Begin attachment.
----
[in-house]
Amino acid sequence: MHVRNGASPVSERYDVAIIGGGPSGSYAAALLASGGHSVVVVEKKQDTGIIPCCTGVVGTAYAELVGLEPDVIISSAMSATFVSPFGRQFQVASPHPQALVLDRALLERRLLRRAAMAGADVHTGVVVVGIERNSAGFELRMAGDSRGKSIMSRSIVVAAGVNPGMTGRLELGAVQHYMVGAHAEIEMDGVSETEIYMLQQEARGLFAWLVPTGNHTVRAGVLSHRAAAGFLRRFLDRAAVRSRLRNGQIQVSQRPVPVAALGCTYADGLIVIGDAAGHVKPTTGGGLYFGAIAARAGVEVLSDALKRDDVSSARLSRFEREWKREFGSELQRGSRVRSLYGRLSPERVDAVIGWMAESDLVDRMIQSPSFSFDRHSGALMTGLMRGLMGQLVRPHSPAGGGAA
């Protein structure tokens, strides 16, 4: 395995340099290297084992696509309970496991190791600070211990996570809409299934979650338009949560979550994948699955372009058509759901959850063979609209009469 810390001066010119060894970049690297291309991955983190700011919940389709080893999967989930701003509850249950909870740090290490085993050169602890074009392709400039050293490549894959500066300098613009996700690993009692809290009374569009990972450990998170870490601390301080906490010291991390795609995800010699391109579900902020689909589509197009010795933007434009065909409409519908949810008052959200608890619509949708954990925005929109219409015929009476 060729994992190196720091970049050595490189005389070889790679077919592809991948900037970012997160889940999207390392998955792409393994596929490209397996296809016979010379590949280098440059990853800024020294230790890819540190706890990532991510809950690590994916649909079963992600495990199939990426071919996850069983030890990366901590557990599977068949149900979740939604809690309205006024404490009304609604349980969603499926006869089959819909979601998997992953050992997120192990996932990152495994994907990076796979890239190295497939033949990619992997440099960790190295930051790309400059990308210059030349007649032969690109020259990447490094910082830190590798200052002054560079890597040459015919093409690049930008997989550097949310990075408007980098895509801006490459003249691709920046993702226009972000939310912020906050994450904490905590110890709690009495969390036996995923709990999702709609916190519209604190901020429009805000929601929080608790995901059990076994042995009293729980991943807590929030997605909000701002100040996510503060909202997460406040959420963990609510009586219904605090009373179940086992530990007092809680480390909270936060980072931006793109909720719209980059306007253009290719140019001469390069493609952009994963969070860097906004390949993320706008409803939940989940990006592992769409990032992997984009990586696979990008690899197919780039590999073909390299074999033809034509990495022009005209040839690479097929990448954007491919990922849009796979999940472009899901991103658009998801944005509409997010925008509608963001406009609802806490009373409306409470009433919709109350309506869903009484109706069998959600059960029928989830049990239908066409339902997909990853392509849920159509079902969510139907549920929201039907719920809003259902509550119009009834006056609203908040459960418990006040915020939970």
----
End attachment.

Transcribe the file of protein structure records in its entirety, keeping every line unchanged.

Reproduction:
[in-house]
Amino acid sequence: MHVRNGASPVSERYDVAIIGGGPSGSYAAALLASGGHSVVVVEKKQDTGIIPCCTGVVGTAYAELVGLEPDVIISSAMSATFVSPFGRQFQVASPHPQALVLDRALLERRLLRRAAMAGADVHTGVVVVGIERNSAGFELRMAGDSRGKSIMSRSIVVAAGVNPGMTGRLELGAVQHYMVGAHAEIEMDGVSETEIYMLQQEARGLFAWLVPTGNHTVRAGVLSHRAAAGFLRRFLDRAAVRSRLRNGQIQVSQRPVPVAALGCTYADGLIVIGDAAGHVKPTTGGGLYFGAIAARAGVEVLSDALKRDDVSSARLSRFEREWKREFGSELQRGSRVRSLYGRLSPERVDAVIGWMAESDLVDRMIQSPSFSFDRHSGALMTGLMRGLMGQLVRPHSPAGGGAA
């Protein structure tokens, strides 16, 4: 395995340099290297084992696509309970496991190791600070211990996570809409299934979650338009949560979550994948699955372009058509759901959850063979609209009469 810390001066010119060894970049690297291309991955983190700011919940389709080893999967989930701003509850249950909870740090290490085993050169602890074009392709400039050293490549894959500066300098613009996700690993009692809290009374569009990972450990998170870490601390301080906490010291991390795609995800010699391109579900902020689909589509197009010795933007434009065909409409519908949810008052959200608890619509949708954990925005929109219409015929009476 060729994992190196720091970049050595490189005389070889790679077919592809991948900037970012997160889940999207390392998955792409393994596929490209397996296809016979010379590949280098440059990853800024020294230790890819540190706890990532991510809950690590994916649909079963992600495990199939990426071919996850069983030890990366901590557990599977068949149900979740939604809690309205006024404490009304609604349980969603499926006869089959819909979601998997992953050992997120192990996932990152495994994907990076796979890239190295497939033949990619992997440099960790190295930051790309400059990308210059030349007649032969690109020259990447490094910082830190590798200052002054560079890597040459015919093409690049930008997989550097949310990075408007980098895509801006490459003249691709920046993702226009972000939310912020906050994450904490905590110890709690009495969390036996995923709990999702709609916190519209604190901020429009805000929601929080608790995901059990076994042995009293729980991943807590929030997605909000701002100040996510503060909202997460406040959420963990609510009586219904605090009373179940086992530990007092809680480390909270936060980072931006793109909720719209980059306007253009290719140019001469390069493609952009994963969070860097906004390949993320706008409803939940989940990006592992769409990032992997984009990586696979990008690899197919780039590999073909390299074999033809034509990495022009005209040839690479097929990448954007491919990922849009796979999940472009899901991103658009998801944005509409997010925008509608963001406009609802806490009373409306409470009433919709109350309506869903009484109706069998959600059960029928989830049990239908066409339902997909990853392509849920159509079902969510139907549920929201039907719920809003259902509550119009009834006056609203908040459960418990006040915020939970």